"Launch control, telemetry indicates we have drive activity and readings show full integrity and acceleration at .61 lights." Wendy's voice came through the comm. There was no spontaneous cheering this time. Everyone held their breath and waited for the next words.
"This is Launch control, we read the packages as having just passed beyond Jupiter orbit. They are currently accelerating at .73 lights and ETA to Saturn orbit is ninety minutes."
This estimate was no more accurate than the previous one, but the telemetry held, and the next words came again from launch control.
"This is launch control, the packages are currently accelerating at .615 lights. ETA to Saturn orbit is 40 minutes.
Almost afraid to divert their attention to the telemetry, they began to dig into the data to see if the compensators had done their job.
"8.32147g max on A!" Howard Dexter called out.
"8.37139g max on B!" came DeeDee's voice immediately after.
This was not welcome news, but it wasn't unexpected. We knew the new compensators were good, but we didn't expect them to handle the new levels of acceleration. We would spend a good amount of time tweaking both the compensators and the internal governors on the drive controls to make sure we had safe speeds that didn't leave little red smears on the insides of the ships.
"This is launch control. Deceleration has been auto-initiated." Came the call from the helmsman some time later. Twenty minutes after that came the announcement that finally drew the cheers on the ShipNet.
"This is launch control. We have received the 'at station' signal. Telemetry indicated we have two birds parked in Saturnian orbit." This was victor's voice at the end, having preempted the helmsman for the announcement.
In the end, this new development didn't really save any time on the outward leg. Modifying a few drives that had been slapped onto a couple probes was one thing. Modifying the Hawking's drives while en route was another, not to mention there would have to be a serious amount of testing with the compensators and the new settings for the governors on the drive controls. Rob got the Cherenkov's drives and compensators adapted, and so did the Beagle and Viking, but they were not going to do the main drives until the Hawking was safely in orbit around Saturn. Testing was another matter that would have to wait until we were in orbit.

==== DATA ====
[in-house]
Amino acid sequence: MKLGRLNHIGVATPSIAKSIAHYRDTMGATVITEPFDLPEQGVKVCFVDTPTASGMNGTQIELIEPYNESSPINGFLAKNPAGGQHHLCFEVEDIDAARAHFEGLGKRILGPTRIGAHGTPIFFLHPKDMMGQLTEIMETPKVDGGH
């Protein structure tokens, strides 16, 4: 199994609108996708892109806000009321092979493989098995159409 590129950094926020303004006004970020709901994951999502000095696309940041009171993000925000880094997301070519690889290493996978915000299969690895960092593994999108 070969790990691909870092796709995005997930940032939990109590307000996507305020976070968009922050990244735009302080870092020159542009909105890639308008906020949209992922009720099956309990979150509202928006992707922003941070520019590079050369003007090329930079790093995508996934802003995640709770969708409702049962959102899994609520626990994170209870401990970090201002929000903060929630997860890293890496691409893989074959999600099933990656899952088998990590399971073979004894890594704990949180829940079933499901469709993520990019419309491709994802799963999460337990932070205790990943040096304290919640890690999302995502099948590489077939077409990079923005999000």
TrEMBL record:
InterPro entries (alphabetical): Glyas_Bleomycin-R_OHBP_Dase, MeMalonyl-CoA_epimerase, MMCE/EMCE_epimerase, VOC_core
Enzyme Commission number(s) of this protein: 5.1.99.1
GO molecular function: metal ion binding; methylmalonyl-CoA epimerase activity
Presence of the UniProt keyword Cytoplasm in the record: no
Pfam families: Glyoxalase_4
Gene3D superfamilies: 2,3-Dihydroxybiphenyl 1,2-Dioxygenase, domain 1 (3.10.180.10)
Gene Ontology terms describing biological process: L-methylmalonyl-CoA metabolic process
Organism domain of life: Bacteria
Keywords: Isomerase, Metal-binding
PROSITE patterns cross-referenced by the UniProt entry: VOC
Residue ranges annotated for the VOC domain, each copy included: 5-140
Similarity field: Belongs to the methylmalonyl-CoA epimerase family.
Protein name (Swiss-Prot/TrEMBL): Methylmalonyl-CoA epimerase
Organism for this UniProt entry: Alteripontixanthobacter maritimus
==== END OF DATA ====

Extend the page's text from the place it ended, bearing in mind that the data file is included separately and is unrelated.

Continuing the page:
"At the new speeds, the transports are suddenly eligible for lifeboat duties again." Rob said to begin the staff meeting.
The Hawking was in orbit around Iapetus, and it had already revealed some strange news. It appeared that the mysterious equatorial ridge that had been detected during the Cassini flyby at the end of 2004 was the vestigial remains of the collision which had created it. Iapetus was the result of two nearly identical masses colliding while still forming. The ridge was the 'seam' between the two original bodies. The reasons for the light and dark regions were still a mystery, but the current theory was that the darker region was overlaid with a foreign material, probably due to internal cryovolcanism, perhaps triggered by a meteor impact of some kind.
The scientists who had paid for the trip, along with the full load of geeks who made up most of our crew were all over it. Rob though, was more interested in giving the G2 probes a thorough going over and starting to test the freshly modified drives on the Cherenkov. Meetings like this were just an annoying side issue he was forced to deal with as the owner.
"We'll just adjust their outfitting back to what we used for the Mars trip." Victor offered.
"Even that might be overkill." Peter London offered. "Once we've got this up and running smoothly, the transports are days away from home from almost anywhere in the system, not weeks or months. Days."
"We arrived in Saturn orbit pretty much right on schedule and the science types are fairly oblivious," Ike suggested. "so I think we should keep this under wraps until we're back on Earth and Rob can file the patents on these modifications and make himself even richer."
"Speaking of the scientists." Fred Wassermann said suddenly. "They're really starting to make noise about a Titan landing."